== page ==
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Pierre-Eugène-Emile Hébert (1823-1893) was a renowned 19th Century French sculptor. A versatile artist, Herbert produced romantic bronzes and marbles, as well as furniture and decorative pieces in the Neoclassical and Egyptian Revival styles.
The son of sculptor Pierre Hébert, Emile studied under the guidance of his father and sculptor Jean-Jacques Feuchère. Hébert exhibited at many of important 19th Century exhibitions, including the Exposition Universelle in Paris in 1855 and the Great Exhibitions in London of 1862 and 1867; at the latter the sculptor was awarded a gold medal for his work. Hébert was one of the few sculptors to work with the famous bronze fondeur Georges Servant, and their artistic collaboration resulted in exceptional pieces of the Neo-Grecian and Egyptian Revival style.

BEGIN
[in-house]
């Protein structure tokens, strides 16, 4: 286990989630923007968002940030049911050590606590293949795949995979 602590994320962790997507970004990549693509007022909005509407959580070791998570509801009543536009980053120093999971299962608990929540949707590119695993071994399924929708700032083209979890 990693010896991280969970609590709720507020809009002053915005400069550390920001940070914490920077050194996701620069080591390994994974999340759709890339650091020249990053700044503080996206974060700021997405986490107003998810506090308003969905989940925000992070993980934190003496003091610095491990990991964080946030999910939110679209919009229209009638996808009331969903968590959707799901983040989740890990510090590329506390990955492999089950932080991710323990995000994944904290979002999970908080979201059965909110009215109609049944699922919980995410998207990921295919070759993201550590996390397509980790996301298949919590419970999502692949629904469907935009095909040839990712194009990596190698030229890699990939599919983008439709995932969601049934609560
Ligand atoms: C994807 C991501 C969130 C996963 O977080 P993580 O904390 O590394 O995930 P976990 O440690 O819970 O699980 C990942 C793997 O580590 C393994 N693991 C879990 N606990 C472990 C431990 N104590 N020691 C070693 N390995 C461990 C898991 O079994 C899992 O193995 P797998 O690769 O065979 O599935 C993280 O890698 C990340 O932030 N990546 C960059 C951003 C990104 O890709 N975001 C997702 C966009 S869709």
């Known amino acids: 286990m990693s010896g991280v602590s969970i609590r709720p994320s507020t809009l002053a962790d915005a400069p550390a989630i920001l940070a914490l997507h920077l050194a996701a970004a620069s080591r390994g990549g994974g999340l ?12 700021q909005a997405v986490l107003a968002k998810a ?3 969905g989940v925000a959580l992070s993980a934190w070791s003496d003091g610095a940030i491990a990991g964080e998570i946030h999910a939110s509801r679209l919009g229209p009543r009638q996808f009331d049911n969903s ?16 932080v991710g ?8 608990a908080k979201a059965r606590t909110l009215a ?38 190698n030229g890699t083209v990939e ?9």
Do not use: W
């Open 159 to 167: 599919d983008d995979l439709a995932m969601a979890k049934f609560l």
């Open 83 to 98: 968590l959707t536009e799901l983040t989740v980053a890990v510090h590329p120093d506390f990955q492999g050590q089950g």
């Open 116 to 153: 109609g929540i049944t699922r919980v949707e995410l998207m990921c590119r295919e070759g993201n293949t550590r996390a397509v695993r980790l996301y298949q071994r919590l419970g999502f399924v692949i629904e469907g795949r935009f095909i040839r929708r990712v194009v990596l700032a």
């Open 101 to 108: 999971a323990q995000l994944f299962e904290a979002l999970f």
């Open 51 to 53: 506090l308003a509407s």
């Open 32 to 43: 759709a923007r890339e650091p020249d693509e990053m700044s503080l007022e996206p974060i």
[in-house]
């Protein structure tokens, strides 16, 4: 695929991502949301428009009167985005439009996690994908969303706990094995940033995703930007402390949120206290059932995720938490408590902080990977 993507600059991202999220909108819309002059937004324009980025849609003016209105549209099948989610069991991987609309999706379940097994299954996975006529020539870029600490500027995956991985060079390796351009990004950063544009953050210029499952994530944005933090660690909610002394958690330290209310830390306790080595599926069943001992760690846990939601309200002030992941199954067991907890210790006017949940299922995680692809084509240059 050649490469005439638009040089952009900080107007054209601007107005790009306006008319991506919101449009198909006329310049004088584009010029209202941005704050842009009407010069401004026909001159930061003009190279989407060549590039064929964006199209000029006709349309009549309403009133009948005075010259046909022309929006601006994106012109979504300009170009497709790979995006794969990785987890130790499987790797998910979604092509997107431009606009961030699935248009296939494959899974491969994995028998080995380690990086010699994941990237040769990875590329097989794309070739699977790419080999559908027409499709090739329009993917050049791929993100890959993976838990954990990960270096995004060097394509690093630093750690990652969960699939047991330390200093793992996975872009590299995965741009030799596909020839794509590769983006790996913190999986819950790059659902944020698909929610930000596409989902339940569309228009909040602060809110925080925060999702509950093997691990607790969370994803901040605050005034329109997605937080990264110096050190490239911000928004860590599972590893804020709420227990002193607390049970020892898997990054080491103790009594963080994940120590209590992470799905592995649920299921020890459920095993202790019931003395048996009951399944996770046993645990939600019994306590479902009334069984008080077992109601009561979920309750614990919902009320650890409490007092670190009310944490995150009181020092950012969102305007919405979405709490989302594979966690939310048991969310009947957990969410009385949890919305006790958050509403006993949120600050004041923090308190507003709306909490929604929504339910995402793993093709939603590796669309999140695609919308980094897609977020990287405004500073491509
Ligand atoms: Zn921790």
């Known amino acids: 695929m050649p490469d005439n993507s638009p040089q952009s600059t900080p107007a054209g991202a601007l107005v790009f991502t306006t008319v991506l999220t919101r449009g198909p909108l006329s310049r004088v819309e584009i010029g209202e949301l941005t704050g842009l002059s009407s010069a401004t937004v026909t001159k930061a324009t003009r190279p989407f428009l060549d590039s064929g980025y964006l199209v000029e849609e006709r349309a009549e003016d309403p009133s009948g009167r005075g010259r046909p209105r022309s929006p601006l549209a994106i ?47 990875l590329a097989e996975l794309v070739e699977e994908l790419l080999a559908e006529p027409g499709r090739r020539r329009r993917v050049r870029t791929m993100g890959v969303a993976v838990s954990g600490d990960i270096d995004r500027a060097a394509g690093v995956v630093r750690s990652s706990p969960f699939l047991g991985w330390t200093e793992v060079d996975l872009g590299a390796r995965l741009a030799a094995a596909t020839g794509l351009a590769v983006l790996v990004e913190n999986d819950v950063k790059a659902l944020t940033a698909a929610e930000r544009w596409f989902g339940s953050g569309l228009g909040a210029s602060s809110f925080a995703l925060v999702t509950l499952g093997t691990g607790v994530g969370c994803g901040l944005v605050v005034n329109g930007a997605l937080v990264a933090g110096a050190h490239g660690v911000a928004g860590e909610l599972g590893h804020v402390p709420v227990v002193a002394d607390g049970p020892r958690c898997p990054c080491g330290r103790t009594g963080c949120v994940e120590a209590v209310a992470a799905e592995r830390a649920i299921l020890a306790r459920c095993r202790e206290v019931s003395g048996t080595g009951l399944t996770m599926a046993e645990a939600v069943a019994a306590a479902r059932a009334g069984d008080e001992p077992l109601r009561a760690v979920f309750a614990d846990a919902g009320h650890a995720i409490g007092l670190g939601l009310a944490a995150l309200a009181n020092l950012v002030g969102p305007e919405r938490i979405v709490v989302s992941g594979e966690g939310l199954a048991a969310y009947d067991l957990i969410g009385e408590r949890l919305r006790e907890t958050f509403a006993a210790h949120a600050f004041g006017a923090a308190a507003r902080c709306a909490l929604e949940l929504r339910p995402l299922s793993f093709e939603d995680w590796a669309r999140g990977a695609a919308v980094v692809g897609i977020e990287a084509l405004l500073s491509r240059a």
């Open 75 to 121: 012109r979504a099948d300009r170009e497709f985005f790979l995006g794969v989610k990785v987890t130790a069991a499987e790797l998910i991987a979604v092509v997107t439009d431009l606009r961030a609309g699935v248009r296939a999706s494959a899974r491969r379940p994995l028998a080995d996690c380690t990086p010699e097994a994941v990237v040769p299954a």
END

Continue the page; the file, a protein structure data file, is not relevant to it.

Today, Hébert’s works are housed in the collections of prestigious public institutions such as the National Gallery in Washington D.C. and the Musèe D'Orsay in Paris.